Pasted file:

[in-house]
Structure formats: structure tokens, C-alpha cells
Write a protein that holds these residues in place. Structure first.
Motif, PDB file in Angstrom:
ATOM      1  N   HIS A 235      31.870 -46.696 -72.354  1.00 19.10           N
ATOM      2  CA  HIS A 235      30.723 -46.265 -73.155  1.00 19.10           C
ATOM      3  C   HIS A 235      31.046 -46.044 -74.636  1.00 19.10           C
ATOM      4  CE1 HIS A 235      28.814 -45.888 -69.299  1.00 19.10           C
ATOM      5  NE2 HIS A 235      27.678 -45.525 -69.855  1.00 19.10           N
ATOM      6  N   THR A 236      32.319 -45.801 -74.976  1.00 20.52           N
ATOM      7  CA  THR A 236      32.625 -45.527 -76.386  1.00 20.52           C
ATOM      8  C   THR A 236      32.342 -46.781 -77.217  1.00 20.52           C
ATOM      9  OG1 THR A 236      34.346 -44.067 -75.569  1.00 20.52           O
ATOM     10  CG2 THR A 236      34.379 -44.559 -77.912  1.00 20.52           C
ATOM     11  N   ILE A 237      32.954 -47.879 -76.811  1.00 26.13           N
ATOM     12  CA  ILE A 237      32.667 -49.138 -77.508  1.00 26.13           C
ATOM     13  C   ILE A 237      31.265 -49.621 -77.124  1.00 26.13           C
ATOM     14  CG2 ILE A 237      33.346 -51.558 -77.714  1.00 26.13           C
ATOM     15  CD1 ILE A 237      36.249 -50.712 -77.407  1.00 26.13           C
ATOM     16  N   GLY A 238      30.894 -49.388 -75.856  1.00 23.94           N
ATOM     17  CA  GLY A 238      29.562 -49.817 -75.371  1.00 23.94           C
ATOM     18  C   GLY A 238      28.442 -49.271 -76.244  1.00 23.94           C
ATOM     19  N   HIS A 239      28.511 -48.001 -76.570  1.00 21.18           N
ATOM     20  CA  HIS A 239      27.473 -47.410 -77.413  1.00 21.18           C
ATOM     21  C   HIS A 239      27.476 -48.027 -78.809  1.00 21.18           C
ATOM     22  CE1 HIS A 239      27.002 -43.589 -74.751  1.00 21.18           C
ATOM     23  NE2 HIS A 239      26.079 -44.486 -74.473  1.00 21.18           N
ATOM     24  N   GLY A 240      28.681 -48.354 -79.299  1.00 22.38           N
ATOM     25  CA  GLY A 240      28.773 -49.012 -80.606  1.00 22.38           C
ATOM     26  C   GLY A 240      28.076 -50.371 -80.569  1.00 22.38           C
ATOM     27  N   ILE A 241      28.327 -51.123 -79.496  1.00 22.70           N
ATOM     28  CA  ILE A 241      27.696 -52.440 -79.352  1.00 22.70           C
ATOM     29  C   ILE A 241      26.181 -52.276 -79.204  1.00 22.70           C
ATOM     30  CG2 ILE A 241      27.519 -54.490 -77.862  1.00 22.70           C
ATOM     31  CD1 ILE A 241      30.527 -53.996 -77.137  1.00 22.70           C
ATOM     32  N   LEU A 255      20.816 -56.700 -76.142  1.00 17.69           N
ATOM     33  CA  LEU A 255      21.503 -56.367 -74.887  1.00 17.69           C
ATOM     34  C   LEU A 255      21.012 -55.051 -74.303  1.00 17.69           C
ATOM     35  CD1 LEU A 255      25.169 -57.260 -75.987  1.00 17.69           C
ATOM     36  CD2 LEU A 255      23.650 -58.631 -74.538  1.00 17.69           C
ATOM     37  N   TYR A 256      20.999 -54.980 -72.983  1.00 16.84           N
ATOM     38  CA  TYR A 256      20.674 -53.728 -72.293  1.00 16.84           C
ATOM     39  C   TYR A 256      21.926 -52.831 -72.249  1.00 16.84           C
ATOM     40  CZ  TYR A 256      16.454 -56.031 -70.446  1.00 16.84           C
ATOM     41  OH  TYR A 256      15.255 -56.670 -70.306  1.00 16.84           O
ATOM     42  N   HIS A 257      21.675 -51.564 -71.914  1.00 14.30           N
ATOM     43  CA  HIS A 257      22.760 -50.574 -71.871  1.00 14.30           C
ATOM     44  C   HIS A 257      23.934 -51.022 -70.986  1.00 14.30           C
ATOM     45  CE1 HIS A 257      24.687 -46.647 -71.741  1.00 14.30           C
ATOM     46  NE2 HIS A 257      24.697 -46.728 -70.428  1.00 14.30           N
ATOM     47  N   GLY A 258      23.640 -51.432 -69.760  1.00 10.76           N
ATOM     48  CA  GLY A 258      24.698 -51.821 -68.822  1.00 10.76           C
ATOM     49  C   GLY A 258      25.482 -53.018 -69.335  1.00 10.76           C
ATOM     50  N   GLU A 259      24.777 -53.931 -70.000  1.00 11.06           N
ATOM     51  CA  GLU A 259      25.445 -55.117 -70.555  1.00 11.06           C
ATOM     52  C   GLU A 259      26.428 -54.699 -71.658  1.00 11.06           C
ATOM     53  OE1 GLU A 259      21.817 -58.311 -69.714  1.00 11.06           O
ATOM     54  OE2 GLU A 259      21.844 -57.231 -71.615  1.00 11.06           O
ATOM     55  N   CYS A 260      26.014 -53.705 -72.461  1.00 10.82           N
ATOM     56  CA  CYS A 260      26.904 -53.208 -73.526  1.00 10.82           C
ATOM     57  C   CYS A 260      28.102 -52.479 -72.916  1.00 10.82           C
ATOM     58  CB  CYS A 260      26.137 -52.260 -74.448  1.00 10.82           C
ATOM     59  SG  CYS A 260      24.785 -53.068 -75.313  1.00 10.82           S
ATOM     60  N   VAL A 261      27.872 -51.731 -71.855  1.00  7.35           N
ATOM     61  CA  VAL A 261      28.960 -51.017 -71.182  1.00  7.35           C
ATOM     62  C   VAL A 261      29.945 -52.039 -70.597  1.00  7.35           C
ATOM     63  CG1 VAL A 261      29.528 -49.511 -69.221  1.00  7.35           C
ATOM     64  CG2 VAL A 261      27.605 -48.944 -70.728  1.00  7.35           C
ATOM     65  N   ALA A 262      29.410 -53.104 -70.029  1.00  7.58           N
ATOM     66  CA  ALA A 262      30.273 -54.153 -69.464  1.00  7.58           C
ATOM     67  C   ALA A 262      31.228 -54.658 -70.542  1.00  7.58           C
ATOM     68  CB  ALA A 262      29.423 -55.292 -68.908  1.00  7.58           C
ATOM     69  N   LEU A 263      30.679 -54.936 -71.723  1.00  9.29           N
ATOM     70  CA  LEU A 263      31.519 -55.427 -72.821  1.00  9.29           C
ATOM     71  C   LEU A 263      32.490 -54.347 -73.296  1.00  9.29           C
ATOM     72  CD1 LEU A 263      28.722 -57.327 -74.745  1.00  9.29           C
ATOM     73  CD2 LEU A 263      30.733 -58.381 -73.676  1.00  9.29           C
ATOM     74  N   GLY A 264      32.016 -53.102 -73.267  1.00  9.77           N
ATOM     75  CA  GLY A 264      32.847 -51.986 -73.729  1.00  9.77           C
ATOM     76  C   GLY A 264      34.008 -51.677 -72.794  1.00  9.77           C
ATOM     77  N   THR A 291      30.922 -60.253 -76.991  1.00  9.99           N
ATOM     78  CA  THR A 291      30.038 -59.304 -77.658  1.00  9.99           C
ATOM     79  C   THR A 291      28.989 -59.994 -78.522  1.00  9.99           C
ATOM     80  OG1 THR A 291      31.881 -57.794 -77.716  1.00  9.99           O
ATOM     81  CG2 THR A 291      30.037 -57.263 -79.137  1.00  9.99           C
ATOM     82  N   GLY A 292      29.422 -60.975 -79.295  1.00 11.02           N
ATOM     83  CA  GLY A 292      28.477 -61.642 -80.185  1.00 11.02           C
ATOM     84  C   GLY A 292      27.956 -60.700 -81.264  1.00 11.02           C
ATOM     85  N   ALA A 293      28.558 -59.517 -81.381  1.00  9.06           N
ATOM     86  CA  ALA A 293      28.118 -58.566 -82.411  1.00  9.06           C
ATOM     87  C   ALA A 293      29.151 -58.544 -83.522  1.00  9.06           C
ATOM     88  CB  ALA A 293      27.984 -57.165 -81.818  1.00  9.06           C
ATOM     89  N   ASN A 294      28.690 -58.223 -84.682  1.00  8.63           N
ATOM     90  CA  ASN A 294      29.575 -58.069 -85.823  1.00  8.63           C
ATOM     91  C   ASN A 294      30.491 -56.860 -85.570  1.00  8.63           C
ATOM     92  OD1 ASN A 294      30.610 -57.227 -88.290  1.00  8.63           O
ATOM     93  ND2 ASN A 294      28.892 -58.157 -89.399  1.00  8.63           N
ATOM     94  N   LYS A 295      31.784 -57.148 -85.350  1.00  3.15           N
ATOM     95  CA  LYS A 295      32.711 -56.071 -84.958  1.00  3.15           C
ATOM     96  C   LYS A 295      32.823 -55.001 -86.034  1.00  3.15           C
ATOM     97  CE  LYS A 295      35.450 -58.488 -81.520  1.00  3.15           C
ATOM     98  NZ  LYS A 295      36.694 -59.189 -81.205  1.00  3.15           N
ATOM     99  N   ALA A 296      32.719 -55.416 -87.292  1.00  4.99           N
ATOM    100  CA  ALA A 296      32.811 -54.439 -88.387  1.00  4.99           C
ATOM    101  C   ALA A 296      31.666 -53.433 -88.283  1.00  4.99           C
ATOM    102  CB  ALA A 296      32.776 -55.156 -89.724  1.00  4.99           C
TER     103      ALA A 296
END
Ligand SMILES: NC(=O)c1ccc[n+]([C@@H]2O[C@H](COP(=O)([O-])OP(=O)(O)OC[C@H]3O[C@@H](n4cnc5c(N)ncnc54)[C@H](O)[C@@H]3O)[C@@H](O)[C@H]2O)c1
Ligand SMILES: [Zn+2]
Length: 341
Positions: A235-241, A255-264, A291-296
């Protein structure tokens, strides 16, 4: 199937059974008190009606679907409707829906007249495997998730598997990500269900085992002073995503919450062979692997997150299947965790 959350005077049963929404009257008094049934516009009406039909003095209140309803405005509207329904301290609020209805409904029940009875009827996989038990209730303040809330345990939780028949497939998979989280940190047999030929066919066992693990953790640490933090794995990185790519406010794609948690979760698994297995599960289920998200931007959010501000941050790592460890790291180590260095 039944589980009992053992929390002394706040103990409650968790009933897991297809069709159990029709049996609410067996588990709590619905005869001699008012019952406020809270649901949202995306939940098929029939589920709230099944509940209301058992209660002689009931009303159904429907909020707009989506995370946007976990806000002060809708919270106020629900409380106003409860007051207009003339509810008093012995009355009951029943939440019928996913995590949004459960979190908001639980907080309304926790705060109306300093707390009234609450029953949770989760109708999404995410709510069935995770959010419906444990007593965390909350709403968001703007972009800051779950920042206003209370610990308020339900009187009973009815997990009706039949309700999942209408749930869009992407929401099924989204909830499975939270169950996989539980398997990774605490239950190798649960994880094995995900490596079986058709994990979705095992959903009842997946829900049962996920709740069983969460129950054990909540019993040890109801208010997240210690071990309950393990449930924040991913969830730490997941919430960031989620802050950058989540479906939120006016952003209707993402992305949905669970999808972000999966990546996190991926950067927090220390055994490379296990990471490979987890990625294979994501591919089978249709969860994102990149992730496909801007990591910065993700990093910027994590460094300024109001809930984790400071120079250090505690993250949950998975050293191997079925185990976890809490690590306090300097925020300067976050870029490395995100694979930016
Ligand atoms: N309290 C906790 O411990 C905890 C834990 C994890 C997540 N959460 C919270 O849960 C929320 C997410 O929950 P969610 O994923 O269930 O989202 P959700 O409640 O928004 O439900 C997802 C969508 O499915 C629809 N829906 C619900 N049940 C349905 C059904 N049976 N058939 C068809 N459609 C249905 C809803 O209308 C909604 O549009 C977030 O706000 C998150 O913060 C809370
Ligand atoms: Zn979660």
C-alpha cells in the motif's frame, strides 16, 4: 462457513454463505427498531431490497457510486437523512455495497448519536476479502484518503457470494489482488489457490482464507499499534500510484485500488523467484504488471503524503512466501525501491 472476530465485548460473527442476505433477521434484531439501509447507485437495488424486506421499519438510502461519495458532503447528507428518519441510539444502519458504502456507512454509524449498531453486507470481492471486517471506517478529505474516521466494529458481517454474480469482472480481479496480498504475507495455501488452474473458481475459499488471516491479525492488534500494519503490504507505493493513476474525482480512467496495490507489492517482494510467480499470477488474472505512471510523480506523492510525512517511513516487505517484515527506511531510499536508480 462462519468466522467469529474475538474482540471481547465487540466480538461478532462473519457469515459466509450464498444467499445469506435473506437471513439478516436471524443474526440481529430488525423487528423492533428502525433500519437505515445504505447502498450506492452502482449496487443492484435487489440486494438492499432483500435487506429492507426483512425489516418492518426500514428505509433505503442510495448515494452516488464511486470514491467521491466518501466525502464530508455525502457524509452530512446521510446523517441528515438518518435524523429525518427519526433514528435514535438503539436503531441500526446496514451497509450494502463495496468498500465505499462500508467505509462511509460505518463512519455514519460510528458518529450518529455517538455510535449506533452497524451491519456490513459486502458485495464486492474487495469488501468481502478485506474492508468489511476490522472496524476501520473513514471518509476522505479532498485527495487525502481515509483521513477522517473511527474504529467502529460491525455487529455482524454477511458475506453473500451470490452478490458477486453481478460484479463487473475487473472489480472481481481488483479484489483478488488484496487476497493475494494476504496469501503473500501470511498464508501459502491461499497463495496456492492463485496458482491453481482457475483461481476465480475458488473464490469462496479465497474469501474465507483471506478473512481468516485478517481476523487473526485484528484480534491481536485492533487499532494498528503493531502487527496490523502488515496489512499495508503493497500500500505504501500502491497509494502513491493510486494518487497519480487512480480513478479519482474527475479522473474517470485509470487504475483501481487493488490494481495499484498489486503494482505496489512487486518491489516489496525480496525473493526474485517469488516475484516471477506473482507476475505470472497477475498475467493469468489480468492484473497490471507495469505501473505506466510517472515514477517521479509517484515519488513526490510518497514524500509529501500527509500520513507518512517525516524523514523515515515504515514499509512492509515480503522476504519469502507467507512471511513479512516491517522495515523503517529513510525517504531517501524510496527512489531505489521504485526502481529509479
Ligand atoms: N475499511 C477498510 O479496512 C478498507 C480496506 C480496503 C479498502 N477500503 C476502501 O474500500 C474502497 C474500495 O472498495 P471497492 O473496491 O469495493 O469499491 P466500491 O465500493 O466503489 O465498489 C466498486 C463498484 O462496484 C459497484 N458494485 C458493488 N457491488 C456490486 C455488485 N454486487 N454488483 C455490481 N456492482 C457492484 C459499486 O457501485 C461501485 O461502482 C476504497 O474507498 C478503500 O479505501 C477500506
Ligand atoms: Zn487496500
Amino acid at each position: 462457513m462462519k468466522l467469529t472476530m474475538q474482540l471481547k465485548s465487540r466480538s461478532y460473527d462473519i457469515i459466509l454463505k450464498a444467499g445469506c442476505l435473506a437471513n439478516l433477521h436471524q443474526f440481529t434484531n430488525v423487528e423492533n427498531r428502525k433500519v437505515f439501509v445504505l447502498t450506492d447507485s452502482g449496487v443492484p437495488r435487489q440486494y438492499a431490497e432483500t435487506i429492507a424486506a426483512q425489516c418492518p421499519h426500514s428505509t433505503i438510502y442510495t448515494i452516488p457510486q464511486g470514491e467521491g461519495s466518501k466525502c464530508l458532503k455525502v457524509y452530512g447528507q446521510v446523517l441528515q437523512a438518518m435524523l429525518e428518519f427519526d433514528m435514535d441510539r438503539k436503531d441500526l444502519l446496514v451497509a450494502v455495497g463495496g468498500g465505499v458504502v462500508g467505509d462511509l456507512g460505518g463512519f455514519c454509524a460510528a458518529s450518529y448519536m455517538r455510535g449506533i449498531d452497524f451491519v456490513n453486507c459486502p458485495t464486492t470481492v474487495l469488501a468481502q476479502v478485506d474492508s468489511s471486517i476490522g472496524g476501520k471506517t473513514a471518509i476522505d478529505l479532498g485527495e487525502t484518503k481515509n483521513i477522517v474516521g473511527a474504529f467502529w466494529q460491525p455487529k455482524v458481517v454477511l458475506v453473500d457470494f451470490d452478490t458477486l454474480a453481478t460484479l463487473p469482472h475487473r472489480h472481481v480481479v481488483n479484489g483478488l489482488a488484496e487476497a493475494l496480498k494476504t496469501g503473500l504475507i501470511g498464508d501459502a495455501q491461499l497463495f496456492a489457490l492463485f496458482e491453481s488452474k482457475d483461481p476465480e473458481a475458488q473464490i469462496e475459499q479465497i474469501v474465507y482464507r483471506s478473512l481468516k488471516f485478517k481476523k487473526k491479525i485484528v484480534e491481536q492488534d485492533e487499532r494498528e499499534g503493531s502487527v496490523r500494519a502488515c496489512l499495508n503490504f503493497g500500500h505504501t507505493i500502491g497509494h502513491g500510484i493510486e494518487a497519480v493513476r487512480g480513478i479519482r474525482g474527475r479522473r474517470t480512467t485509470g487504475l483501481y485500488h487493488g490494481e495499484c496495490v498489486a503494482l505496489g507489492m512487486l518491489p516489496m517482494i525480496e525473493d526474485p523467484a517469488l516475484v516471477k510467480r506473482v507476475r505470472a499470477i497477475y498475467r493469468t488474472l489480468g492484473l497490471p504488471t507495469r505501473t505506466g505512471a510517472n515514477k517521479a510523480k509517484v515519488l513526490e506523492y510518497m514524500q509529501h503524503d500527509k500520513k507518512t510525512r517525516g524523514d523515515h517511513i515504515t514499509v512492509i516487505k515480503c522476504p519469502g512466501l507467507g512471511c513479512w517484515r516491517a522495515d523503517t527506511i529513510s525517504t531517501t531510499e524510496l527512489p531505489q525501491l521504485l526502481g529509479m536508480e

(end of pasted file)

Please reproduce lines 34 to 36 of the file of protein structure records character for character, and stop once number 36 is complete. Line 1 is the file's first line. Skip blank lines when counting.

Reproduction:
ATOM     30  CG2 ILE A 241      27.519 -54.490 -77.862  1.00 22.70           C
ATOM     31  CD1 ILE A 241      30.527 -53.996 -77.137  1.00 22.70           C
ATOM     32  N   LEU A 255      20.816 -56.700 -76.142  1.00 17.69           N